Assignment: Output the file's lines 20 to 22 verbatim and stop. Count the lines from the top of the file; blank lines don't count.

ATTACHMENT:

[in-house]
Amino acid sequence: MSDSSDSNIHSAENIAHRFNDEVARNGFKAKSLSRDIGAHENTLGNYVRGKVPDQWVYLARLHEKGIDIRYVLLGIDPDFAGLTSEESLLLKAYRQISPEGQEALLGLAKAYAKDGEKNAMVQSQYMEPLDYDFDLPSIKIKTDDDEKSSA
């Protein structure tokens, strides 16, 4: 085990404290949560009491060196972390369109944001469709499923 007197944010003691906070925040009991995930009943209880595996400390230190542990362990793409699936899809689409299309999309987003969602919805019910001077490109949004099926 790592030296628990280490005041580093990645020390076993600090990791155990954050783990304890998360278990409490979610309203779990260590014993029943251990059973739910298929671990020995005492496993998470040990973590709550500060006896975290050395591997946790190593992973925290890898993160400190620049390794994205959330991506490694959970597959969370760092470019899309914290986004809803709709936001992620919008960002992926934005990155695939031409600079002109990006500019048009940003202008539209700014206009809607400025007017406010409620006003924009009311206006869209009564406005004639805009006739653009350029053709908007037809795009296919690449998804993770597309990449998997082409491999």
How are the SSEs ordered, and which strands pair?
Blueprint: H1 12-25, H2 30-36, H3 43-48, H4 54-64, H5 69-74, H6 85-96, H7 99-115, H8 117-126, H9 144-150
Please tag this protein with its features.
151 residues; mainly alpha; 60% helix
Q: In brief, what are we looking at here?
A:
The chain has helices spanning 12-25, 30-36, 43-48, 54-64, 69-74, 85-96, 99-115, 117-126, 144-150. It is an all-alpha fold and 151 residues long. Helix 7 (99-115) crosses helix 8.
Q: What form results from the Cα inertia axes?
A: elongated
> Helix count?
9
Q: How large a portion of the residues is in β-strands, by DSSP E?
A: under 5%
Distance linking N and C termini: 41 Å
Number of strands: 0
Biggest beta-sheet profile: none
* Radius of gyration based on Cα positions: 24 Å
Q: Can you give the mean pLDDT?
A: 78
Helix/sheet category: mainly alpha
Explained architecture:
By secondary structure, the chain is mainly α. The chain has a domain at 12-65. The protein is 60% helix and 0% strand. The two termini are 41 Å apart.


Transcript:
* Radius of gyration based on Cα positions: 24 Å
Q: Can you give the mean pLDDT?
A: 78